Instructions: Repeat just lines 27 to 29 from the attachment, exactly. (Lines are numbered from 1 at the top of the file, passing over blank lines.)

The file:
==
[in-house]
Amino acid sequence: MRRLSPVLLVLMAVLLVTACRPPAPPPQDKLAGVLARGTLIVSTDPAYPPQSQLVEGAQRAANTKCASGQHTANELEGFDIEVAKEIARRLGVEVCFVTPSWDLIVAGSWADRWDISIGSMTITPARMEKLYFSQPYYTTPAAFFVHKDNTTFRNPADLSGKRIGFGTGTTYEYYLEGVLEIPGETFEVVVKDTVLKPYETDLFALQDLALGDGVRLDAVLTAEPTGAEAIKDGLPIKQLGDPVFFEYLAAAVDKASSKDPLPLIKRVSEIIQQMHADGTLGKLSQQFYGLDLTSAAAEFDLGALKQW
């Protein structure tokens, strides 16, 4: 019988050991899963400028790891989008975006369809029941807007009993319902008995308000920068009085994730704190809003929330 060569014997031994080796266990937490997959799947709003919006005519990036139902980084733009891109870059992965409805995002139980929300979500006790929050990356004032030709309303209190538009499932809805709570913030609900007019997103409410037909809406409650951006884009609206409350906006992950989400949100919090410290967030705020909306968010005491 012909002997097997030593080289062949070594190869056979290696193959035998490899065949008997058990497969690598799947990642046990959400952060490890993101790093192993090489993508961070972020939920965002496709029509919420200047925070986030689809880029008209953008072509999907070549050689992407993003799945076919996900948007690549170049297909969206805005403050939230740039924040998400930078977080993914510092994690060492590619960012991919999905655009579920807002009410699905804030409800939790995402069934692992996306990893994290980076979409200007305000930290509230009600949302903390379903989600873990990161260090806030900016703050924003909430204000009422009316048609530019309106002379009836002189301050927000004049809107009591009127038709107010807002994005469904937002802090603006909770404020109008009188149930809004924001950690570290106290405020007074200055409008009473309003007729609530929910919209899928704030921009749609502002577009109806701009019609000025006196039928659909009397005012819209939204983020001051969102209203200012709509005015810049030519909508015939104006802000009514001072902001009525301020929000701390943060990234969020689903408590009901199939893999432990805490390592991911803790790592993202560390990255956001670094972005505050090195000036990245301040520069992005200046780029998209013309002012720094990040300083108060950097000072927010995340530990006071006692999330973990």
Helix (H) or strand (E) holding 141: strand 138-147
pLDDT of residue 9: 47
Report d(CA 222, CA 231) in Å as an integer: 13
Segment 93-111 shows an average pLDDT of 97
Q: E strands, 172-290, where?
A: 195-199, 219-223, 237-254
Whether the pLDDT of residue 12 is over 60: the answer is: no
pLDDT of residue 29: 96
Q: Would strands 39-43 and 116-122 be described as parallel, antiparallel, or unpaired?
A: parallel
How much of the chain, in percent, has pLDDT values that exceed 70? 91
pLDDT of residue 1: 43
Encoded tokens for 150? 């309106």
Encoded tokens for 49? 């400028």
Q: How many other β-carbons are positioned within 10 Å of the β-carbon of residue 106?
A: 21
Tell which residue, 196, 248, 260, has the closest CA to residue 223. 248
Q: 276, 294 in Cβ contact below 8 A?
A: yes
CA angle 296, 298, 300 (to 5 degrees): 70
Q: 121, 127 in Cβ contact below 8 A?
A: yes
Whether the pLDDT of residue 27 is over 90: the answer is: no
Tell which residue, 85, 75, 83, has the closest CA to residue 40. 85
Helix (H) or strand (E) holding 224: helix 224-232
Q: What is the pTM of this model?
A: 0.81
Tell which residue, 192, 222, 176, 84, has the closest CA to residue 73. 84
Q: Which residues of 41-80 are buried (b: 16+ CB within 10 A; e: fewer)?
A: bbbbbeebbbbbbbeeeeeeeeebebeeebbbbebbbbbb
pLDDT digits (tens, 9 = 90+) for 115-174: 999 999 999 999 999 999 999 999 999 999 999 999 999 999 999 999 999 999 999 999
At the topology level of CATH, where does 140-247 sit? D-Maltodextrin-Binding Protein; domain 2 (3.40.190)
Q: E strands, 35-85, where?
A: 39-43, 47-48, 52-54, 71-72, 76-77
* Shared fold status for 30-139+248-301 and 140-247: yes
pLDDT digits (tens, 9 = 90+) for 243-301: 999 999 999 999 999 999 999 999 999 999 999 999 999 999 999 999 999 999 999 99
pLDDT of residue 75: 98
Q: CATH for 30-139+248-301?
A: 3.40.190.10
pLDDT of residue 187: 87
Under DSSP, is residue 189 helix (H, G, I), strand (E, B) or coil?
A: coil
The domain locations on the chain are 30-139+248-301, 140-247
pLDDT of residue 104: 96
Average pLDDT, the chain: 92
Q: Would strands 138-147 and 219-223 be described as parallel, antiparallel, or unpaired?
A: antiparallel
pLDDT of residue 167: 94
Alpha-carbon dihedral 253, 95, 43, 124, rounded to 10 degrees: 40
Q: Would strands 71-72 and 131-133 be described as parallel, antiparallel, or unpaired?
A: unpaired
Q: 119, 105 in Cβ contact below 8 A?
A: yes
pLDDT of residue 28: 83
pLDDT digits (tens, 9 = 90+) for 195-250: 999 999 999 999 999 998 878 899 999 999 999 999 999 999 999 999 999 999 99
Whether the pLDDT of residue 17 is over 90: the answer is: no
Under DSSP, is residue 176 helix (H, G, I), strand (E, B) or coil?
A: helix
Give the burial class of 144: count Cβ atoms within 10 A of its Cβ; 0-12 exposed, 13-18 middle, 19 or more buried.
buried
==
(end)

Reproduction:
Tell which residue, 85, 75, 83, has the closest CA to residue 40. 85
Helix (H) or strand (E) holding 224: helix 224-232
Q: What is the pTM of this model?